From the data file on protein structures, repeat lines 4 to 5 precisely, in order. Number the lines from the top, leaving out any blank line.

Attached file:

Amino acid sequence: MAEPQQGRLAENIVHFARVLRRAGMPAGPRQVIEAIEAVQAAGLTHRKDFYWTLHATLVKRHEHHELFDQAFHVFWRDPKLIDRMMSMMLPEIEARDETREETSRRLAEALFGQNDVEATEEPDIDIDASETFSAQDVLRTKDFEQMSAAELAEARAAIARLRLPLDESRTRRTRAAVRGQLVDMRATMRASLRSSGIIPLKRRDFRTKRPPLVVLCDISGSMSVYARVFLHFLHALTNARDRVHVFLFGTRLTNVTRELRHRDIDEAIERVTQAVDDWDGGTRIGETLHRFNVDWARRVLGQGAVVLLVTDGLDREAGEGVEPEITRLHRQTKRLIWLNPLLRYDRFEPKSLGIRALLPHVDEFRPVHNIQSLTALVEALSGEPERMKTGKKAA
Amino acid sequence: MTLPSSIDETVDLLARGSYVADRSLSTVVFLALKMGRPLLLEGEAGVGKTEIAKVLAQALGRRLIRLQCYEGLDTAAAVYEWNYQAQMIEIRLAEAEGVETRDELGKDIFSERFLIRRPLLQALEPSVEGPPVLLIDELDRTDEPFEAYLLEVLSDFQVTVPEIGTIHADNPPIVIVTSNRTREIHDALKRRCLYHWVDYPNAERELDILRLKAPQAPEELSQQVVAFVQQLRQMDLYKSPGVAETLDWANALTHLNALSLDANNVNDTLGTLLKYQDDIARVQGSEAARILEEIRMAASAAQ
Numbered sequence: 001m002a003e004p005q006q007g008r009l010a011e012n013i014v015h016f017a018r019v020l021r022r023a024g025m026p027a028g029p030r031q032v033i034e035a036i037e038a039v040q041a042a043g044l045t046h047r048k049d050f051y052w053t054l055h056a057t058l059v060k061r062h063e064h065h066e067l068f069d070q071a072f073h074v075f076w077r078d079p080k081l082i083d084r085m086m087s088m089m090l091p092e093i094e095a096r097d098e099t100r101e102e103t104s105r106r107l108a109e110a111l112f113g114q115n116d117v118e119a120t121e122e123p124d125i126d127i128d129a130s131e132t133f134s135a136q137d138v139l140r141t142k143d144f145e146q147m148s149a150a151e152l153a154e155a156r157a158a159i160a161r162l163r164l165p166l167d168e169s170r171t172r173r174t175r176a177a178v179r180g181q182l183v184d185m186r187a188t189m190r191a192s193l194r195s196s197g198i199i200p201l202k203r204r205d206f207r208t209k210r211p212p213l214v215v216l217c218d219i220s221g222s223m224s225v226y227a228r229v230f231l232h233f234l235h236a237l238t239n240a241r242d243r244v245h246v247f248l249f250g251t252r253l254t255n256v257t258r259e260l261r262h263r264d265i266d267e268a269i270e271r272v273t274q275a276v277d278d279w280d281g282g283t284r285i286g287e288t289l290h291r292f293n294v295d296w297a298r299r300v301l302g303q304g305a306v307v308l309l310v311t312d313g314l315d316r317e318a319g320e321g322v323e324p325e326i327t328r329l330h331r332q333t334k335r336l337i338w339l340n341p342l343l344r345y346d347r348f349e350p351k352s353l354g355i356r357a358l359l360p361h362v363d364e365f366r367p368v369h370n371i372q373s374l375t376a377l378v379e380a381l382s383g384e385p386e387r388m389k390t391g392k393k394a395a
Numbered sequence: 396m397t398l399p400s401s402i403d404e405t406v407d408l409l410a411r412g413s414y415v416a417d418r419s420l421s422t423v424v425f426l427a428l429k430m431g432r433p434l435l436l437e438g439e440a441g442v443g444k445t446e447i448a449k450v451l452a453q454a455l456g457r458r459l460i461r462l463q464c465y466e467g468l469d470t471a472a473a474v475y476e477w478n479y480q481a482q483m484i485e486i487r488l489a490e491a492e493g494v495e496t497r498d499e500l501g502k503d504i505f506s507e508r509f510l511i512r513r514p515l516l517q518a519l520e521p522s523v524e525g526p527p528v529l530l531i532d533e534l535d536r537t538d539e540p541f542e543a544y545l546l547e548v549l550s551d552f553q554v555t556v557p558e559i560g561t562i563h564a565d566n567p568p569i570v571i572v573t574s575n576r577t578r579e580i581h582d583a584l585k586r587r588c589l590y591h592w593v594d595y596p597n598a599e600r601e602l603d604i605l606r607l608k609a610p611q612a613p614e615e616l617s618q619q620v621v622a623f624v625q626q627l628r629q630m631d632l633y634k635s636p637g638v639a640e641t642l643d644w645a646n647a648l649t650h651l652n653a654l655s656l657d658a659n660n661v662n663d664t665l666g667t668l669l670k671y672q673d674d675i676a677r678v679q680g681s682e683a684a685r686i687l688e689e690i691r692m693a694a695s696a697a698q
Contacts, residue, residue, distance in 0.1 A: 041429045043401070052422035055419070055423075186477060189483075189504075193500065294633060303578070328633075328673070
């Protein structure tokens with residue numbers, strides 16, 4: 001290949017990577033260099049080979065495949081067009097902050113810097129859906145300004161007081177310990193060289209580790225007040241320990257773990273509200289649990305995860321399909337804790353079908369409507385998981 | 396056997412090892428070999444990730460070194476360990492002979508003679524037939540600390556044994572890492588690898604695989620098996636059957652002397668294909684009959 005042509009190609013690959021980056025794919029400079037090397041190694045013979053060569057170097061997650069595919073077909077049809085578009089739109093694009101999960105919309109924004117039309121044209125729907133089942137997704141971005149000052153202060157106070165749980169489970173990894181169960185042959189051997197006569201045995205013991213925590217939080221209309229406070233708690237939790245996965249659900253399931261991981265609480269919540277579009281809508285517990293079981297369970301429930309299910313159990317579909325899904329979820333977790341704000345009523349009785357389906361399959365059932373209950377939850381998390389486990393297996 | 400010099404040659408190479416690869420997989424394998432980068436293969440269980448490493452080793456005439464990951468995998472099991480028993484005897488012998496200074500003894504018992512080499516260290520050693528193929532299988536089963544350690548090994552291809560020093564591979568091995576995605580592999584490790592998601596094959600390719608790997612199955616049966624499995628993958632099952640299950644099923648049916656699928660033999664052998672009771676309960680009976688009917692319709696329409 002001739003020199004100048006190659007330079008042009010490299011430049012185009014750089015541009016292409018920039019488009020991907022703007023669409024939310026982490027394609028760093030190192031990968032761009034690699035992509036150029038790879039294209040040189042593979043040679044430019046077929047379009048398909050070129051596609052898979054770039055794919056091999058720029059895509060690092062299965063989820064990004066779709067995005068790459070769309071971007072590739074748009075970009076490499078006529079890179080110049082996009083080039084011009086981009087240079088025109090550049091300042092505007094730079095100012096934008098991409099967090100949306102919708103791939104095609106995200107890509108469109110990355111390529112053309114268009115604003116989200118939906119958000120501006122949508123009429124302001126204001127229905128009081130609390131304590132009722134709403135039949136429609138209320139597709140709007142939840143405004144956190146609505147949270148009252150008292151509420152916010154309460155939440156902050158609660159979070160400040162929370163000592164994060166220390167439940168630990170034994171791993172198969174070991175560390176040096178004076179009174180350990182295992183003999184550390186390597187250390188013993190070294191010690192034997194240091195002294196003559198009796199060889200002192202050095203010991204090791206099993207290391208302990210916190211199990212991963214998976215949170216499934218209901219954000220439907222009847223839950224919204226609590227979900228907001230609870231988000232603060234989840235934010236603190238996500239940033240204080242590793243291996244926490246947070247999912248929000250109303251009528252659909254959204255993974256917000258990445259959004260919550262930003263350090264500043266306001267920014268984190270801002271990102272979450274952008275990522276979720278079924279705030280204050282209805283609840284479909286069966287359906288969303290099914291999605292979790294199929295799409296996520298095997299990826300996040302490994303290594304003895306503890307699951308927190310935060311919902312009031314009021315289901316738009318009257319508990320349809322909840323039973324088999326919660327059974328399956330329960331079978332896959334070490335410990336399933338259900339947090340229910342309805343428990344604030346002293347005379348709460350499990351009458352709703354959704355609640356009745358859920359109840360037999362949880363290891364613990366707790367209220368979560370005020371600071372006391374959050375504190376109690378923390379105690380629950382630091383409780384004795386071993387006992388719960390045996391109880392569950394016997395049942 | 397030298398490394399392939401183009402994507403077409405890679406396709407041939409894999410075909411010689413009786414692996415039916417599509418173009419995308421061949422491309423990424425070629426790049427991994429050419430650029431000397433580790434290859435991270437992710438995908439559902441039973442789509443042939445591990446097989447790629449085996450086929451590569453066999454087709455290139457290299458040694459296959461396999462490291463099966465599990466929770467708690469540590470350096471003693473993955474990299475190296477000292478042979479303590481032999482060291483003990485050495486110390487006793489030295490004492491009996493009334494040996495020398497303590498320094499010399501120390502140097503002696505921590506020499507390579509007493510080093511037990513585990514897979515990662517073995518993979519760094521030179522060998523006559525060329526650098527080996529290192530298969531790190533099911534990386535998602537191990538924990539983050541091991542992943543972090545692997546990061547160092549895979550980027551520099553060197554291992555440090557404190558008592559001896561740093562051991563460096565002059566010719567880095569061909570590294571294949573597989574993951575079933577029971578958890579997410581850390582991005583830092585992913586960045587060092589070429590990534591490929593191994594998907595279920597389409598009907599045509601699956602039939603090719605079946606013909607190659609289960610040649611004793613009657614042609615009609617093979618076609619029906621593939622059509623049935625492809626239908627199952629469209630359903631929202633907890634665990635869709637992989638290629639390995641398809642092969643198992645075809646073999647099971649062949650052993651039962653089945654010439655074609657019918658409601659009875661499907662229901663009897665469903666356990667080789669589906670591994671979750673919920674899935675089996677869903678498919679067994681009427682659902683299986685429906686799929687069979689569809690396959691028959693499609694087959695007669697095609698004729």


Numbered sequence: 396m397t398l399p400s401s402i403d404e405t406v407d408l409l410a411r412g413s414y415v416a417d418r419s420l421s422t423v424v425f426l427a428l429k430m431g432r433p434l435l436l437e438g439e440a441g442v443g444k445t446e447i448a449k450v451l452a453q454a455l456g457r458r459l460i461r462l463q464c465y466e467g468l469d470t471a472a473a474v475y476e477w478n479y480q481a482q483m484i485e486i487r488l489a490e491a492e493g494v495e496t497r498d499e500l501g502k503d504i505f506s507e508r509f510l511i512r513r514p515l516l517q518a519l520e521p522s523v524e525g526p527p528v529l530l531i532d533e534l535d536r537t538d539e540p541f542e543a544y545l546l547e548v549l550s551d552f553q554v555t556v557p558e559i560g561t562i563h564a565d566n567p568p569i570v571i572v573t574s575n576r577t578r579e580i581h582d583a584l585k586r587r588c589l590y591h592w593v594d595y596p597n598a599e600r601e602l603d604i605l606r607l608k609a610p611q612a613p614e615e616l617s618q619q620v621v622a623f624v625q626q627l628r629q630m631d632l633y634k635s636p637g638v639a640e641t642l643d644w645a646n647a648l649t650h651l652n653a654l655s656l657d658a659n660n661v662n663d664t665l666g667t668l669l670k671y672q673d674d675i676a677r678v679q680g681s682e683a684a685r686i687l688e689e690i691r692m693a694a695s696a697a698q
Contacts, residue, residue, distance in 0.1 A: 041429045043401070052422035055419070055423075186477060189483075189504075193500065294633060303578070328633075328673070